Profile: Lizzy Ragan wants to make adaptive cycling more visible

Lizzy Ragan on a hand-cycling adventure. (Photo: Lizzy Ragan)

Lizzy Ragan has always loved cycling and getting outside. When she became paralyzed from the sternum down after a rock climbing accident in 2019, she didn’t see why that had to change.

“You might not see people in wheelchairs out and about, because it’s hard. That doesn’t mean they don’t exist.”
— Lizzy Ragan

“One of the first things I was saying [after the accident] was ‘Well, at least cycling’s adaptive.’ It was kind of like a North Star,” Ragan says. “It was something that was a big motivator for me, and it helped model that there can still be quality of life after a traumatic life-changing accident.”

Ragan is originally from Oregon, but lived in Boston at the time of her accident, which happened in New Hampshire. She was treated in a rehabilitation center there, where she was immediately encouraged to try out adaptive sports. In September 2020, just over a year after her injury, she moved back to Oregon, and now lives in Mulino, a small town near Canby just southwest of Portland.

Ragan says she didn’t set out to be a disability or adaptive sports activist when she started riding. But, as someone who works in public health and has spent her career advocating for people who can’t advocate for themselves, she knows the importance of visibility. Just by getting out onto mountain biking trails and being visible, sharing photos of her experiences on Instagram, she’s able to show people what’s possible – that you can still be active and adventurous even after your life changes so dramatically.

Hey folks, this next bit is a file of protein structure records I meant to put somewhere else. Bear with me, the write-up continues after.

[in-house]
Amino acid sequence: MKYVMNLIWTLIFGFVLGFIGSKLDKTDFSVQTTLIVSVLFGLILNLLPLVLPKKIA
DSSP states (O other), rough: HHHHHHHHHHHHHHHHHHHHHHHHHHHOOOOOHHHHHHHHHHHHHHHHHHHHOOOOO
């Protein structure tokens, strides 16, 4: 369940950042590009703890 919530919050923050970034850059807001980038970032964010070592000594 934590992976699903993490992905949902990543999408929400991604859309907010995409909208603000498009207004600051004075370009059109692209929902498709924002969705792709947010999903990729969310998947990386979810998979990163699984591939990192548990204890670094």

“Every time I get my mountain bike out on trails, I get so much attention. I’ve never gone out to a mountain biking trail system and not had someone be like, ‘Tell me where you got that bike! I know someone who could really benefit from that!'” she says.

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But Ragan points out that if trails aren’t accessible, you’re not going to see people hand cycling – just like you won’t see people with disabilities in other spaces they can’t access. This becomes a catch-22: if you don’t see people doing adaptive sports, you may not realize these people are out there. But if you don’t know there are people who want to partake in these activities, you won’t be as inclined to make these spaces accessible, and the cycle will continue. That’s why Ragan sees it as so important just to show the public that adventuring after injury is possible, and encourage other people with disabilities to see what the world of adaptive sports has to offer.

“I feel really privileged to be able to self-advocate, and by doing so, I’m advocating for other people like me,” Ragan says. “I don’t have a large-scale, organized agenda about what accessible cycling advocacy looks like. It’s more like, there are other people like me who want to do sports like I want to do them.”

Some of the ways to make things like biking trails more accessible are small changes that would be pretty simple to accomplish, but would go a long way as far as providing people with disabilities with opportunities to experience the outdoors like able-bodied people can.

“Oftentimes, it’s just that we need the gate to be four inches higher in order to get under it, or we just need someone to remove a boulder from a trail. We can ride this five mile long trail, but there’s one pinch point which we can’t get through because those basic specs haven’t been considered,” Ragan says. “I think there’s kind of this all or nothing mentality. But we can do a lot for accessibility with just a few small changes at a very low cost.”

While cycling on the Springwater Corridor, for instance, Ragan says a problem she faces is just being able to reach the crosswalk button from her bike. If she’s cycling alone, she’ll have to wait a few minutes for an able-bodied person to press it for her. There’s also the broken elevators at pedestrian and bike crossings like the Bob Stacey Crossing, which make it so people who can’t get up the stairs have to find another way to get around dangerous intersections. For able-bodied people, a broken elevator might be a hassle. But for people with disabilities, it’s prohibiting.